On deep learning, artificial neural networks, artificial life, and good old-fashioned AI

In the second part of her Q&A, Maggie Boden, Research Professor of Cognitive Science at the University of Sussex and one of the best known figures in the field of Artificial Intelligence,
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In the second part of her Q&A, Maggie Boden, Research Professor of Cognitive Science at the University of Sussex, and one of the best known figures in the field of Artificial Intelligence, answers four more questions about this developing area. At a theoretical level, the concept of Artificial Intelligence has fueled and sharpened the philosophical debates on the nature of the mind, intelligence, and the uniqueness of human beings. Insights from the field have proved invaluable to biologists, psychologists, and linguists in helping to understand the processes of memory, learning, and language. What are artificial neural networks (ANNs)? ANNs are computer systems made of large number of interconnected units, each of which can compute only one (very simple) thing. They are (very broadly) inspired by the structure of brains. Most ANNs can learn. They usually do this by changing the ‘weights’ on the connections, which makes activity in one unit more or less likely to excite activity. . .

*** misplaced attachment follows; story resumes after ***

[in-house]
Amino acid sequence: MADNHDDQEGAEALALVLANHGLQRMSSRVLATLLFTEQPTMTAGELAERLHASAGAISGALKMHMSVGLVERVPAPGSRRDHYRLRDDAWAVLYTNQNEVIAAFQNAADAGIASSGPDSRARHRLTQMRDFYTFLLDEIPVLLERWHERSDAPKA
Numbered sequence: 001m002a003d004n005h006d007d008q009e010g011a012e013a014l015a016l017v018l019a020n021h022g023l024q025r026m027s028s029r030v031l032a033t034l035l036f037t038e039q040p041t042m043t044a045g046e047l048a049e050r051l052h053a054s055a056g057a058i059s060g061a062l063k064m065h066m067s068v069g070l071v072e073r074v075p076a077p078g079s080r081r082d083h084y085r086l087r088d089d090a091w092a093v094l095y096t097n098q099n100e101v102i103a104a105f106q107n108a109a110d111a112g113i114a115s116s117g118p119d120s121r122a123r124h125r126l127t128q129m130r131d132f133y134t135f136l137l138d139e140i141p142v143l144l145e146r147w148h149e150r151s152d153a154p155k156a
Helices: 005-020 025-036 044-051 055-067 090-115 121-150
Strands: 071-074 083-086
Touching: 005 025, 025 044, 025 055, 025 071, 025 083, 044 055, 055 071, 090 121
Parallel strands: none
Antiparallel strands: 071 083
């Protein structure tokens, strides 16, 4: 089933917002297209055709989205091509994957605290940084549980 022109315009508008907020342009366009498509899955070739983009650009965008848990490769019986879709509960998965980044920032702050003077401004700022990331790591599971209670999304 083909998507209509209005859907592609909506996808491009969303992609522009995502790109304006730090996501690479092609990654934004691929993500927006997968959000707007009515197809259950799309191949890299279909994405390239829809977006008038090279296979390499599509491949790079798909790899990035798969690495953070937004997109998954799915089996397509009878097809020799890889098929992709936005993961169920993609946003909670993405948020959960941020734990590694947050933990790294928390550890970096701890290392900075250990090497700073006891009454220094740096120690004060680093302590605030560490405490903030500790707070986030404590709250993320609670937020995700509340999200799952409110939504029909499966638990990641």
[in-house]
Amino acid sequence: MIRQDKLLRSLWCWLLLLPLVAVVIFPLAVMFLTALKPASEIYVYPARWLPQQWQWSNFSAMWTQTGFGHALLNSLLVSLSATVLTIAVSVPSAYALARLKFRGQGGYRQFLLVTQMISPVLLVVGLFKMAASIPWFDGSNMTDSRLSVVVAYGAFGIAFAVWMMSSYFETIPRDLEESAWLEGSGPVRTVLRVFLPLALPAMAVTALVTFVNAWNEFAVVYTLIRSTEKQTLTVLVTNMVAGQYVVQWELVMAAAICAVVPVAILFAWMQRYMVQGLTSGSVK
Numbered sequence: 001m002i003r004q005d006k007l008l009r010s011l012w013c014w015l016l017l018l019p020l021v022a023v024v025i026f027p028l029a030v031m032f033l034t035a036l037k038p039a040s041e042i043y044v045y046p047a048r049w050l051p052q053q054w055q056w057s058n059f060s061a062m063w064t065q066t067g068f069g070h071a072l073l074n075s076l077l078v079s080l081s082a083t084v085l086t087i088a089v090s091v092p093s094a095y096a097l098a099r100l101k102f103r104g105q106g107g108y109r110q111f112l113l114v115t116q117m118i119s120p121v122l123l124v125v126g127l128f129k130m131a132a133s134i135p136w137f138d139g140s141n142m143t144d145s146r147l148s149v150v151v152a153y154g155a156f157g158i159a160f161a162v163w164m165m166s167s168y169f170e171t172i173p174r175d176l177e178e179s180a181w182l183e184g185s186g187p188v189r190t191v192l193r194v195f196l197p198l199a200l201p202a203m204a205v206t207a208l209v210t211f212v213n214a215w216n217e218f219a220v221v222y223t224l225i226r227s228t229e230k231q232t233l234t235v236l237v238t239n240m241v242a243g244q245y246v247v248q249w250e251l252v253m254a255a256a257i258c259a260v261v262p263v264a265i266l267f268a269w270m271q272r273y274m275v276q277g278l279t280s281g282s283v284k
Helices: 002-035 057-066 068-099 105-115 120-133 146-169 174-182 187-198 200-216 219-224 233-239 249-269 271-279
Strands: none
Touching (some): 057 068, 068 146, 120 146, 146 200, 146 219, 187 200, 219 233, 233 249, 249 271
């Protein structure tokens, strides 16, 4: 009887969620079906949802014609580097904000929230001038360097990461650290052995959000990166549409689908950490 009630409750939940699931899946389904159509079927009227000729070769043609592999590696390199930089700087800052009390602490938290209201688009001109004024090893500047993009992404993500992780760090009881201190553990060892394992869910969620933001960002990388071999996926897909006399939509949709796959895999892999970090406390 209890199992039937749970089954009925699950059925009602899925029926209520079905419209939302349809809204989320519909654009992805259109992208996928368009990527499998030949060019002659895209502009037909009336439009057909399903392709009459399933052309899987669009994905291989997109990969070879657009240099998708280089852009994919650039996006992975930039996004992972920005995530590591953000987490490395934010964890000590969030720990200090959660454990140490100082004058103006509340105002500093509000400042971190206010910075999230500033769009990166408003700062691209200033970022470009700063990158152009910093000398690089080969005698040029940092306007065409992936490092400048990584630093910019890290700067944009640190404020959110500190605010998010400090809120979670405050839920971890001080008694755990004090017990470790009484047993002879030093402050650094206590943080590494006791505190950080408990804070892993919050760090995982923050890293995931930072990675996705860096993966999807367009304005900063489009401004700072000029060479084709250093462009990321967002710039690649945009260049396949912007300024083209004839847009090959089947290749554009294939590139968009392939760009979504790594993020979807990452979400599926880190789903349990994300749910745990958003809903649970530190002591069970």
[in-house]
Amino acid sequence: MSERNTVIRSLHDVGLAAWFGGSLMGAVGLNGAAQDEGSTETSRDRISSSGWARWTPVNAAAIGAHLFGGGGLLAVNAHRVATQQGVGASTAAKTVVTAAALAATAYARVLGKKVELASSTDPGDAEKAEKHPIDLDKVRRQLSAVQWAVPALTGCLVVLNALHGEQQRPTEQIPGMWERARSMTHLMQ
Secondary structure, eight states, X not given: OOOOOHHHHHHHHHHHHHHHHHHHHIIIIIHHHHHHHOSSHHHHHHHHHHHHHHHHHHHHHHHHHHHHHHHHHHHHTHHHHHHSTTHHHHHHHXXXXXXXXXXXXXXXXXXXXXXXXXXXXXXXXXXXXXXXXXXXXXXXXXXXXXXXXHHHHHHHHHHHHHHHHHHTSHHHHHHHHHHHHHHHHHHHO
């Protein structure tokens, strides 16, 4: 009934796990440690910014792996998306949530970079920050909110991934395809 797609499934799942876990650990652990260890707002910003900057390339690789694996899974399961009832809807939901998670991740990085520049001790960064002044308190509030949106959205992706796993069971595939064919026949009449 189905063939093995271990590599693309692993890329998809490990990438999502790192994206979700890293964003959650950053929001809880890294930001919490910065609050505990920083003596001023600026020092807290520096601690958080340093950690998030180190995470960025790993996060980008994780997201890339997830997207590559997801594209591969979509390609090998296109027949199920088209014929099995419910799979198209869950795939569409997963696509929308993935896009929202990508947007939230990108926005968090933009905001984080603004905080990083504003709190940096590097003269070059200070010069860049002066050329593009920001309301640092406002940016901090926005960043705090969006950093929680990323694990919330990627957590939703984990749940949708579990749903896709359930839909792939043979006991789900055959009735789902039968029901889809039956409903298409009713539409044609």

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News source: OUPblog » Philosophy

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